Book charts how black icons set fashion’s trends
The timing couldn’t be better.
That was at the forefront of Constance C.R. White’s mind as she sat in a movie theater watching “Black Panther,” Marvel’s mega-hit, much-buzzed-about film.
“It’s already a financial blockbuster, and it shows all indications that it will become a cultural touchstone,” she says.
And that suits her just fine, as White, a former editor-in-chief of Essence magazine, has just come out with a lush new coffee-table book examining how black style trends and icons — from Beyonce, Rihanna and Pharrell Williams to Michelle Obama, Sidney Poitier, and Maya Angelou — have influenced today’s mainstream fashion and pop culture.
Packed with more than 150 photos, “How to Slay: Inspiration From the Queens and Kings of Black Style” is like a Hollywood Walk-of-Fame for African-American stylemakers. Look, there’s Josephine Baker — the Rihanna of her day, as White points out — in a banana belt, pearls (and little else). There’s Pam Grier, in all her blaxploitation badness; Cab Calloway, in “Zaz Zuh Zaz” zoot suit; or Halle Berry, ultra glam on the Oscars red carpet, and again in her “Die Another Day” Bond-girl bikini packing a blade.
“Elements of African-American style are so in, so much a part of our lives today … no matter the color of your skin,” she writes.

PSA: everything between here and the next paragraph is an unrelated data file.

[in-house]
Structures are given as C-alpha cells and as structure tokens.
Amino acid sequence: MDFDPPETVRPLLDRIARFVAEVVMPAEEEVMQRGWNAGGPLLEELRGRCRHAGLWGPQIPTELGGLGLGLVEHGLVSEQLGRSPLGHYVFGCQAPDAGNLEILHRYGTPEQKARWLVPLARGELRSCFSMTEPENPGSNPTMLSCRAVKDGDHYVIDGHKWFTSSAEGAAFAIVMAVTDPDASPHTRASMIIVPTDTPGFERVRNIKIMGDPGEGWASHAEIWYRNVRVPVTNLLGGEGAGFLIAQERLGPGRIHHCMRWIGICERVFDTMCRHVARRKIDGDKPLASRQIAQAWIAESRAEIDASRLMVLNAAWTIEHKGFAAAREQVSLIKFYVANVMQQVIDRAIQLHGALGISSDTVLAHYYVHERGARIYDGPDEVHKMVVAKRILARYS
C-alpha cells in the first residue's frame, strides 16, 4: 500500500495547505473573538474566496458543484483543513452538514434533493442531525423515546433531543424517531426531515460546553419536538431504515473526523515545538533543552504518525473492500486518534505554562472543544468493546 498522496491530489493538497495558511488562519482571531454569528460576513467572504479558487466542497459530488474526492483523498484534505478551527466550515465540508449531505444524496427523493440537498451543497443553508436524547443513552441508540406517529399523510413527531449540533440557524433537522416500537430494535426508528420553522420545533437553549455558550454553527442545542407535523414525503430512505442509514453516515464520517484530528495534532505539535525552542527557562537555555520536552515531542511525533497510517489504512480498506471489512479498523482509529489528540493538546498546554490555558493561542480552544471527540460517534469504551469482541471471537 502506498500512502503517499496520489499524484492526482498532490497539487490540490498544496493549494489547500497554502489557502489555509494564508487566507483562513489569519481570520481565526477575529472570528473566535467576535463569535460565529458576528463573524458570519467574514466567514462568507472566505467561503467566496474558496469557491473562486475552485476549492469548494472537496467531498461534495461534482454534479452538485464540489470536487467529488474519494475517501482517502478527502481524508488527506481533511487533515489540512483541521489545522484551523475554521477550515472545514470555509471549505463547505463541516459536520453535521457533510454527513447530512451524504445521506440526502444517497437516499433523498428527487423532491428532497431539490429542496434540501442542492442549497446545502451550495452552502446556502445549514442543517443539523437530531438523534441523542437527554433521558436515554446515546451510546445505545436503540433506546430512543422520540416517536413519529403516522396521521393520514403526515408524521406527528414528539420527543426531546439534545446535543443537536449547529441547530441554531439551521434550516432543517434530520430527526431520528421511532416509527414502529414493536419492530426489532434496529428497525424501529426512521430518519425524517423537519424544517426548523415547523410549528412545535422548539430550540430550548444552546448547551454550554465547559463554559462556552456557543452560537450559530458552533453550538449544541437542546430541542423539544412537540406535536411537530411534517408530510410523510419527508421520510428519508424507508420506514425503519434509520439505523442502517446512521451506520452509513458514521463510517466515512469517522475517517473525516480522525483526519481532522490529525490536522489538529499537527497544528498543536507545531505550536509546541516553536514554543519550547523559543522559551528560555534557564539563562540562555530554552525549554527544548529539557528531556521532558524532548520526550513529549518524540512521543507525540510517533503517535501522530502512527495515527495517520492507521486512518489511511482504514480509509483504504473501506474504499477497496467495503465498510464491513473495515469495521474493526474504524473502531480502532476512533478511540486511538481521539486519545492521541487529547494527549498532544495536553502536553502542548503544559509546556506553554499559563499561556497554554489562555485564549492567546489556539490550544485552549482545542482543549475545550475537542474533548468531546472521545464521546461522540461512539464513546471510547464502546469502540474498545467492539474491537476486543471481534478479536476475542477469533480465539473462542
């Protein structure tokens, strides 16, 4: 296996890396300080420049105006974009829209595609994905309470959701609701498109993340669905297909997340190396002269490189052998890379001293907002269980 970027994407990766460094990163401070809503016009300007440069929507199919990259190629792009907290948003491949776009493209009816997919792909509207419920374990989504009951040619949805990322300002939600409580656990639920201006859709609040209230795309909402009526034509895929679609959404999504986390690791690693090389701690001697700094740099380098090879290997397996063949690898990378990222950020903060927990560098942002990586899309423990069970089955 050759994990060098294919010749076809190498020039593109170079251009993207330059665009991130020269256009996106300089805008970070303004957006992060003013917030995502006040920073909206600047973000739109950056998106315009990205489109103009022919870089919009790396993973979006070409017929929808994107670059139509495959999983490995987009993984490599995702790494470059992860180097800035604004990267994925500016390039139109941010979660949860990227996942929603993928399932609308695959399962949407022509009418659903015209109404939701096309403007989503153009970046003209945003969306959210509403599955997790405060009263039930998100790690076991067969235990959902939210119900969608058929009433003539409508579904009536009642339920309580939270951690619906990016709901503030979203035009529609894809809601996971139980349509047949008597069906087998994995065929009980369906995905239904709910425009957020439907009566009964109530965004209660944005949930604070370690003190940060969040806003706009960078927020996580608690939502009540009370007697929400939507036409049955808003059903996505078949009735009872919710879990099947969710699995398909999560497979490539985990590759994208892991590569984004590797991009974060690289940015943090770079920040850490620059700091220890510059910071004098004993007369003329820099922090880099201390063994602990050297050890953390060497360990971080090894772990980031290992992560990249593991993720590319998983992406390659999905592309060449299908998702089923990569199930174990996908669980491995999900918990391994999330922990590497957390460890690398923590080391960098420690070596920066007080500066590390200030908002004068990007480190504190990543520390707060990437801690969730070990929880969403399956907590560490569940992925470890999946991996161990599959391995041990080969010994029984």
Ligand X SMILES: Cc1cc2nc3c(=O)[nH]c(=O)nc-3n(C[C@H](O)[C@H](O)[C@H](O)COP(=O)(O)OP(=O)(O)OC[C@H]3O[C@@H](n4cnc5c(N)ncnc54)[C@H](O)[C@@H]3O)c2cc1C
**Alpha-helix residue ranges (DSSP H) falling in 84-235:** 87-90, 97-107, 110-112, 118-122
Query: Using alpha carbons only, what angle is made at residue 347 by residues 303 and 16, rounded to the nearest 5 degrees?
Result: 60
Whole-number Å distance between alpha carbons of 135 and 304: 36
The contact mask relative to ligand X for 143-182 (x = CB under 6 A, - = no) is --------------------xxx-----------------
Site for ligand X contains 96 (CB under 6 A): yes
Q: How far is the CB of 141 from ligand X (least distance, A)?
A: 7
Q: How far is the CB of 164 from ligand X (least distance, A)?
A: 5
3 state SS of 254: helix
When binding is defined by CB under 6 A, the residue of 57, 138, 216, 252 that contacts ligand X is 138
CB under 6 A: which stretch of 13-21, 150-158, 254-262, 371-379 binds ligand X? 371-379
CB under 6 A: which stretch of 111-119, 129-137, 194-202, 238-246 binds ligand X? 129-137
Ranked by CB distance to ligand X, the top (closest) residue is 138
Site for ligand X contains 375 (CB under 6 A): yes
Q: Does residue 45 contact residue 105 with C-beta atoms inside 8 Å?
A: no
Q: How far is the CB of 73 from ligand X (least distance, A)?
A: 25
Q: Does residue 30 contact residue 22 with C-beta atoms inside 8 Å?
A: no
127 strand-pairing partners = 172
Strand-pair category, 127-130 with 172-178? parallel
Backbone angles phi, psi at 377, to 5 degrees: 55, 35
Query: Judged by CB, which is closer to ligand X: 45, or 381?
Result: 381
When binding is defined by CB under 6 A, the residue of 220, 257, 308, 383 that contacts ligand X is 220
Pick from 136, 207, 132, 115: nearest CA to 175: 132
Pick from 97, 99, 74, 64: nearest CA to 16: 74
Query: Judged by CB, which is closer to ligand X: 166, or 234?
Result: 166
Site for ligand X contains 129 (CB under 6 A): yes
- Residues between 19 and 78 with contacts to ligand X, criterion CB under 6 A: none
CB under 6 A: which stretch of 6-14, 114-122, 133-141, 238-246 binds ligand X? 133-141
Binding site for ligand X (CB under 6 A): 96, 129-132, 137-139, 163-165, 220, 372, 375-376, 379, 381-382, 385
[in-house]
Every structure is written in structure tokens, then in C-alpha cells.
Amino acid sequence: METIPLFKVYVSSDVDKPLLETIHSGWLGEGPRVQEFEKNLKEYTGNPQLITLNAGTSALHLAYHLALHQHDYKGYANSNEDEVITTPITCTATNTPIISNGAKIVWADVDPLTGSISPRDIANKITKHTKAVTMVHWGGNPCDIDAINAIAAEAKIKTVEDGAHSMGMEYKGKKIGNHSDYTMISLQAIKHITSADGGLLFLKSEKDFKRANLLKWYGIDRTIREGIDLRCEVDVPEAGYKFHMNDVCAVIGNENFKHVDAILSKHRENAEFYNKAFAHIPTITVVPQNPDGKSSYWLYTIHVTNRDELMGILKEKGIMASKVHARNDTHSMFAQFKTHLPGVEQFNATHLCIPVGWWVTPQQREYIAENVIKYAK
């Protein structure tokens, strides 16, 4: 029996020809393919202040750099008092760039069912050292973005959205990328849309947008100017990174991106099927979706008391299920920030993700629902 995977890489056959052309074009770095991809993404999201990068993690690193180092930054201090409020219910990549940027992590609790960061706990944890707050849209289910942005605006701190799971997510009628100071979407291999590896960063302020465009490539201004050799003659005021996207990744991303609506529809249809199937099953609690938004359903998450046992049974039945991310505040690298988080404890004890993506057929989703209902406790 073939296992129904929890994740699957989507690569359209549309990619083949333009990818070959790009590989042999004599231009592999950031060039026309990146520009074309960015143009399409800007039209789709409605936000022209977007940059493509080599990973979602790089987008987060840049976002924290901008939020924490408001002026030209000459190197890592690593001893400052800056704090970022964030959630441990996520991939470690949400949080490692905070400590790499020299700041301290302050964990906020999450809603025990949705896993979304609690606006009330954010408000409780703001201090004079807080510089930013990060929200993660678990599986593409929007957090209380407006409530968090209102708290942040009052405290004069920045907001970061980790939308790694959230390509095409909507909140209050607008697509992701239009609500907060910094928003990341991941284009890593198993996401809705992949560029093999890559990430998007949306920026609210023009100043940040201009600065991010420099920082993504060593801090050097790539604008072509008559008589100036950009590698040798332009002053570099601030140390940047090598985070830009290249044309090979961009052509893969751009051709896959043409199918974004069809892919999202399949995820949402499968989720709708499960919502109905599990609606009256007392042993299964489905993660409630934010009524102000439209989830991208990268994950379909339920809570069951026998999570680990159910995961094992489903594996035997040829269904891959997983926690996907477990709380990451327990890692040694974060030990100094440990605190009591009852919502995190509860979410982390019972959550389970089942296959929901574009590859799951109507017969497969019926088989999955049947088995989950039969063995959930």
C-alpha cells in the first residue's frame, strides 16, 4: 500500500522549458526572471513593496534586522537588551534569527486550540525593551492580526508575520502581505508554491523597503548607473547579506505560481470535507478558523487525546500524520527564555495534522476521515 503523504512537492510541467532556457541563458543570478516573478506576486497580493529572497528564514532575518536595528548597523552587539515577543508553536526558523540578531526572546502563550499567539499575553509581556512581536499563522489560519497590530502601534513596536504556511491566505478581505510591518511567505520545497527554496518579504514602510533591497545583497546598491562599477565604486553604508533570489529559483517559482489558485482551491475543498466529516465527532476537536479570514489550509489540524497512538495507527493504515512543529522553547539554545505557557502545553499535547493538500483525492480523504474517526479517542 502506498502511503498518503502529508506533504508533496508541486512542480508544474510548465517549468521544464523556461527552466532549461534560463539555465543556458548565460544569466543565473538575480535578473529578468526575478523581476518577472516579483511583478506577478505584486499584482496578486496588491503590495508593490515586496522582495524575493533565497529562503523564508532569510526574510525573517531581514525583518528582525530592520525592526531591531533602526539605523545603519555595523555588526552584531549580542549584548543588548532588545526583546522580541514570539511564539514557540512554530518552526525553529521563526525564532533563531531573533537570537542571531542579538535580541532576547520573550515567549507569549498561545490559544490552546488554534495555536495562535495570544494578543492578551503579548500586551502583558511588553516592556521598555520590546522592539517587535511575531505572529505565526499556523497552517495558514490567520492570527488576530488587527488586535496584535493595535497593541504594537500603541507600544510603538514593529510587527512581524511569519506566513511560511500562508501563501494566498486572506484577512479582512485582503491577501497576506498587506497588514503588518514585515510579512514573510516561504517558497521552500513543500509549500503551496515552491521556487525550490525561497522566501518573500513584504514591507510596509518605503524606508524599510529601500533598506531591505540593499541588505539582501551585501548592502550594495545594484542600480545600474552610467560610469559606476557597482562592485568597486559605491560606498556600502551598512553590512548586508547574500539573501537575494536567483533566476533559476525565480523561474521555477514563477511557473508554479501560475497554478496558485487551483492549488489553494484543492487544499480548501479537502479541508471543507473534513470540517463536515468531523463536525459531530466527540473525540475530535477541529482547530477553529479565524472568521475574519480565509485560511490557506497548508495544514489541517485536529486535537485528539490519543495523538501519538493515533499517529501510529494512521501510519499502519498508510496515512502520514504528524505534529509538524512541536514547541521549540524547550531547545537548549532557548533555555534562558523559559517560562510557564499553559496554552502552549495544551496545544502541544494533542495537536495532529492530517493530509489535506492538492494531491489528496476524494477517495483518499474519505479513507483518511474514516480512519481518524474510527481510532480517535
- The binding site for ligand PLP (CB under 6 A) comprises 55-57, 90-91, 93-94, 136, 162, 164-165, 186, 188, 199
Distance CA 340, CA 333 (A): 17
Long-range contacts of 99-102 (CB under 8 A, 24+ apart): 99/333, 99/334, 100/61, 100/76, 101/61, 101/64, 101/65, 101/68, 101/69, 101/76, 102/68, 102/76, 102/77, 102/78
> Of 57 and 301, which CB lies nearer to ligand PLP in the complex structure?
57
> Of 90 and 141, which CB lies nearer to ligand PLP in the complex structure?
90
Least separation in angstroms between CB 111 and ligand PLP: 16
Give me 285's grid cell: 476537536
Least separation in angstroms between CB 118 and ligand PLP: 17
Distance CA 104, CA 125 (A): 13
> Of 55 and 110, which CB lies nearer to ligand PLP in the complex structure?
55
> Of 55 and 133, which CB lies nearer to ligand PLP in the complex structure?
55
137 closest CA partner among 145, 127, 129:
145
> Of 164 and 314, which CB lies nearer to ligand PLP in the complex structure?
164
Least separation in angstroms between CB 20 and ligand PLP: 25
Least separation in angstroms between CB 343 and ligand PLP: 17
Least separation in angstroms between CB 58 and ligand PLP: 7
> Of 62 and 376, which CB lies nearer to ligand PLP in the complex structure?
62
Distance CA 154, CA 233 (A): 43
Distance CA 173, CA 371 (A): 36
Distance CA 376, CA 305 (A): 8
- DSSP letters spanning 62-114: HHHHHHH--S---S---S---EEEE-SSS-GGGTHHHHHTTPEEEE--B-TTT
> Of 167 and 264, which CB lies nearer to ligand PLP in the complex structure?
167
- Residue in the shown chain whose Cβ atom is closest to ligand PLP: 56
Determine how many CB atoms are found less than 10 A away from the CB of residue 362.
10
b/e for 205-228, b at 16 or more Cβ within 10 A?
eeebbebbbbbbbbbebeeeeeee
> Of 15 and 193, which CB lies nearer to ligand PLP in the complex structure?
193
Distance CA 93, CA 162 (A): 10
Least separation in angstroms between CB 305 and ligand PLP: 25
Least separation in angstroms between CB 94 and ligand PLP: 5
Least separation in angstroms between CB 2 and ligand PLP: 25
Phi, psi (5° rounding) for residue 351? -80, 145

Your fave gold hoop earrings? Well, like any of the ones worn in “Black Panther,” they hearken back to hip-hop days, which in turn find inspiration from the bold jewelry of African tribeswomen, White explains.
And it’s not just clothes. Think kohl-rimmed eyes. Or hair weaves. Or, most recently, nail art, applied with a pointillist’s precision that even Georges Seurat might envy. .
Some might call this cultural appropriation. Though, in an era such as ours, so hyper-aware of division and dissent, it can be something of a relief to be reminded of the ways in which American culture continues to be an amalgam of varied ethnic styles, a fabric with an ever-expanding pattern. Either way, White isn’t looking to preach here. That’s why the book is packed with photos.
“I want people to have it on their coffee table and at some point pick it up and just have a moment where they lose themselves,” she says.
‘How to Slay:
Inspiration From the Queens and Kings of Black Style’
by Constance White
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